Today women are more likely to chose the hero route, to take on the role of Perseus. As Perseus grew up, the king of the place sent him on a quest for the head of Medusa. While he was gone, the king tried to marry Danaë, but Perseus returned, just in time, and froze the wedding guests into stone with the dread head.

With his mother free, Perseus and Danaë returned to Argos. His grandfather had fled to Thessaly to avoid his fate, but while Perseus was competing in athletic games there, his wayward throw of a quoit, an iron ring, struck his grandfather in the head, killing him instantly. He couldn’t bear to rule Argos, so he swapped city states with another king, and ruled there instead.

If this story sounds familiar to you, perhaps you’re thinking of Jason and the Argonauts, a hero of later myth. He and his hero pals sailed in the Argo, a ship built by Argus, who was from Thespiae, the city of the Muses. His hero story shares many similarities with that of Perseus, but that’s for another day. For each of us today, the ancient myth calls us to reconsider how we relate to one another, from the most toxic evils of date rape and sexual harassment in the workplace to the commonplace demeaning behavior known as “mansplaining.”

If men need to rethink their behaviors, women need to choose to speak up and risk public humiliation, rather than staying silent with private shame. Silence only enables bad actors by giving them continued cover. The heroic women, who take on the quests to defeat the monsters they fear, redeem their mother’s shame and silence. They also make a better world possible for the next generation. The DNA of gods and heroes flows through the veins of Danae’s descendants.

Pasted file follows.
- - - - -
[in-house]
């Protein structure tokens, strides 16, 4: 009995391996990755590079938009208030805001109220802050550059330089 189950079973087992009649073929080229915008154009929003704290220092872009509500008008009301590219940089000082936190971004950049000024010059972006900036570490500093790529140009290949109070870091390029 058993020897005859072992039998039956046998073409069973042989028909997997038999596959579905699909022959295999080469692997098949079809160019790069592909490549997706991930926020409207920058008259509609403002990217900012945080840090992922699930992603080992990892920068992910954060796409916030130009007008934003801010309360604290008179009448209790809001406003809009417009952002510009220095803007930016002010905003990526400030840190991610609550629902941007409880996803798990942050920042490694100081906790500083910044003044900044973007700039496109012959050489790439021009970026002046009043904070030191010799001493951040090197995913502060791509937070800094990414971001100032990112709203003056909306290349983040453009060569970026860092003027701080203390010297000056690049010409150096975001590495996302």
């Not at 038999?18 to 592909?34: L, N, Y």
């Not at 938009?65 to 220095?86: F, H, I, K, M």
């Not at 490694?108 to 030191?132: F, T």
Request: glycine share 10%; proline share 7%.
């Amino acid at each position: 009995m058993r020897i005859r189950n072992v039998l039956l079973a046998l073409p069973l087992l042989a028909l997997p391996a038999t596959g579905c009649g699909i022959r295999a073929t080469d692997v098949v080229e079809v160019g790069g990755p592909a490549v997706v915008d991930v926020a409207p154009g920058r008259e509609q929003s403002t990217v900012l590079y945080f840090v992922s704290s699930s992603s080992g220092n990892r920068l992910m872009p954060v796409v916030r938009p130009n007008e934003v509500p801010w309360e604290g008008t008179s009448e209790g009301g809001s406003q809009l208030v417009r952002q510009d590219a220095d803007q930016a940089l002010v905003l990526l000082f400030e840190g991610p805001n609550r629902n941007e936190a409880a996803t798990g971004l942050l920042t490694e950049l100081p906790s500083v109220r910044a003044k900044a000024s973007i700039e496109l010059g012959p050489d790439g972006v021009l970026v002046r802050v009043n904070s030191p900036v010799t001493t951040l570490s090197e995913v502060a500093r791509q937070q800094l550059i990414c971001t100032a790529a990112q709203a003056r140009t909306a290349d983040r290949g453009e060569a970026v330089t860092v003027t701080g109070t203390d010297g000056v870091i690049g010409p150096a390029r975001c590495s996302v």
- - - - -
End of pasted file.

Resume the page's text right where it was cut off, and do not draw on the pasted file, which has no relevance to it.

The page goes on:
The Man of Sorrows

art, Creativity, Faith, Healing, Holy Spirit, Icons, incarnation, Love, Man of Sorrows, Meditation, Painting, Reflection, salvation, shame, Spirituality, Strength

Most of us try to put our best foot forward every day. If we have the means, we want to wear nice clothes for work and put on our “game face.” In private, we might “let it all hang out” and put on our sloppy clothes, but only if we’re staying inside. This is why the pajamas at Walmart memes persist as the walk of shame from sea to shining sea.

We like our art “pretty” also. Indeed, if it doesn’t match our current decorating theme, we don’t buy it. We want our art to fade into the wall and not interact with us. If this is our attitude, we aren’t candidates for an icon in our space. The icon is meant to open up a conversation with the viewer and with the Holy Spirit. The icon opens a window into the world beyond this reality, into eternity, in which the Holy Trinity and the communion of saints live forever. While the image itself isn’t Holy, what it represents is Holy. Therefore the icon is venerated, but not worshipped. Only God is worshipped.